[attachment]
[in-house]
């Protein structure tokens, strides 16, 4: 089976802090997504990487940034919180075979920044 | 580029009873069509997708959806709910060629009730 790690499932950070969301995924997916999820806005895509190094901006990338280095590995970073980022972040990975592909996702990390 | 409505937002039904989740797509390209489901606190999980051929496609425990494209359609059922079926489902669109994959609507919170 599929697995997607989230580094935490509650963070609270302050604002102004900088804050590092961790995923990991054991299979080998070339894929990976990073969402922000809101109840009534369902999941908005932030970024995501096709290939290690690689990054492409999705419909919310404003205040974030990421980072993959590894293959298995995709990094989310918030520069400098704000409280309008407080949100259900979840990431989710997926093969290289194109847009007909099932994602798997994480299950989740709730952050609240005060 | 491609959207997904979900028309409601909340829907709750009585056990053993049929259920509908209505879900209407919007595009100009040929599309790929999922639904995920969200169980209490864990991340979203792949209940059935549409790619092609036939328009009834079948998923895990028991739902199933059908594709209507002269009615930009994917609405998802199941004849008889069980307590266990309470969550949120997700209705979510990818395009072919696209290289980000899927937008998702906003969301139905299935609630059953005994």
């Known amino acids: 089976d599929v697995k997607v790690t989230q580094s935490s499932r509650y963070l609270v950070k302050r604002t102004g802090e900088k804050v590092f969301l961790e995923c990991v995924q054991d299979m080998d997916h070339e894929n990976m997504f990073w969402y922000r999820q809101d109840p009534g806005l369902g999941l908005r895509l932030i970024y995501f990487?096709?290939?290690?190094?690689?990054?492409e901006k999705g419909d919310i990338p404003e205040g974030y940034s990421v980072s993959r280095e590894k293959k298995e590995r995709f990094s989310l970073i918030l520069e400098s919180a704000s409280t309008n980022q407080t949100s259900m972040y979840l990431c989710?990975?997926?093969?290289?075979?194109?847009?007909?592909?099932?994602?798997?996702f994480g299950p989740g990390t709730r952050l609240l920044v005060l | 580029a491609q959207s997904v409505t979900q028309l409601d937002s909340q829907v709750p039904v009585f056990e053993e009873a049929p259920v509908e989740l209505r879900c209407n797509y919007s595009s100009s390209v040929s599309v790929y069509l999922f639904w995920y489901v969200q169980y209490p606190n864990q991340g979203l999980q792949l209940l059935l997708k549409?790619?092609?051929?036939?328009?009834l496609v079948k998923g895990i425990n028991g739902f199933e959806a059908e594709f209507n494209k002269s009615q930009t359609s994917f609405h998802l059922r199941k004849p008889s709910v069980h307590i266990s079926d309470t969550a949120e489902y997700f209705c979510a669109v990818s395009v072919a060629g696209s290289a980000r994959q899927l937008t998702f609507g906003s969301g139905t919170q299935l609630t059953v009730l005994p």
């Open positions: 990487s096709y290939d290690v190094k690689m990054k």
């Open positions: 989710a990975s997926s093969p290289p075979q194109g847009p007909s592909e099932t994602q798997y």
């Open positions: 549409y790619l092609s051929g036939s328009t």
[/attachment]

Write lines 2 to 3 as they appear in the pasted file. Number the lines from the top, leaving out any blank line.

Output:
């Protein structure tokens, strides 16, 4: 089976802090997504990487940034919180075979920044 | 580029009873069509997708959806709910060629009730 790690499932950070969301995924997916999820806005895509190094901006990338280095590995970073980022972040990975592909996702990390 | 409505937002039904989740797509390209489901606190999980051929496609425990494209359609059922079926489902669109994959609507919170 599929697995997607989230580094935490509650963070609270302050604002102004900088804050590092961790995923990991054991299979080998070339894929990976990073969402922000809101109840009534369902999941908005932030970024995501096709290939290690690689990054492409999705419909919310404003205040974030990421980072993959590894293959298995995709990094989310918030520069400098704000409280309008407080949100259900979840990431989710997926093969290289194109847009007909099932994602798997994480299950989740709730952050609240005060 | 491609959207997904979900028309409601909340829907709750009585056990053993049929259920509908209505879900209407919007595009100009040929599309790929999922639904995920969200169980209490864990991340979203792949209940059935549409790619092609036939328009009834079948998923895990028991739902199933059908594709209507002269009615930009994917609405998802199941004849008889069980307590266990309470969550949120997700209705979510990818395009072919696209290289980000899927937008998702906003969301139905299935609630059953005994």
């Known amino acids: 089976d599929v697995k997607v790690t989230q580094s935490s499932r509650y963070l609270v950070k302050r604002t102004g802090e900088k804050v590092f969301l961790e995923c990991v995924q054991d299979m080998d997916h070339e894929n990976m997504f990073w969402y922000r999820q809101d109840p009534g806005l369902g999941l908005r895509l932030i970024y995501f990487?096709?290939?290690?190094?690689?990054?492409e901006k999705g419909d919310i990338p404003e205040g974030y940034s990421v980072s993959r280095e590894k293959k298995e590995r995709f990094s989310l970073i918030l520069e400098s919180a704000s409280t309008n980022q407080t949100s259900m972040y979840l990431c989710?990975?997926?093969?290289?075979?194109?847009?007909?592909?099932?994602?798997?996702f994480g299950p989740g990390t709730r952050l609240l920044v005060l | 580029a491609q959207s997904v409505t979900q028309l409601d937002s909340q829907v709750p039904v009585f056990e053993e009873a049929p259920v509908e989740l209505r879900c209407n797509y919007s595009s100009s390209v040929s599309v790929y069509l999922f639904w995920y489901v969200q169980y209490p606190n864990q991340g979203l999980q792949l209940l059935l997708k549409?790619?092609?051929?036939?328009?009834l496609v079948k998923g895990i425990n028991g739902f199933e959806a059908e594709f209507n494209k002269s009615q930009t359609s994917f609405h998802l059922r199941k004849p008889s709910v069980h307590i266990s079926d309470t969550a949120e489902y997700f209705c979510a669109v990818s395009v072919a060629g696209s290289a980000r994959q899927l937008t998702f609507g906003s969301g139905t919170q299935l609630t059953v009730l005994p």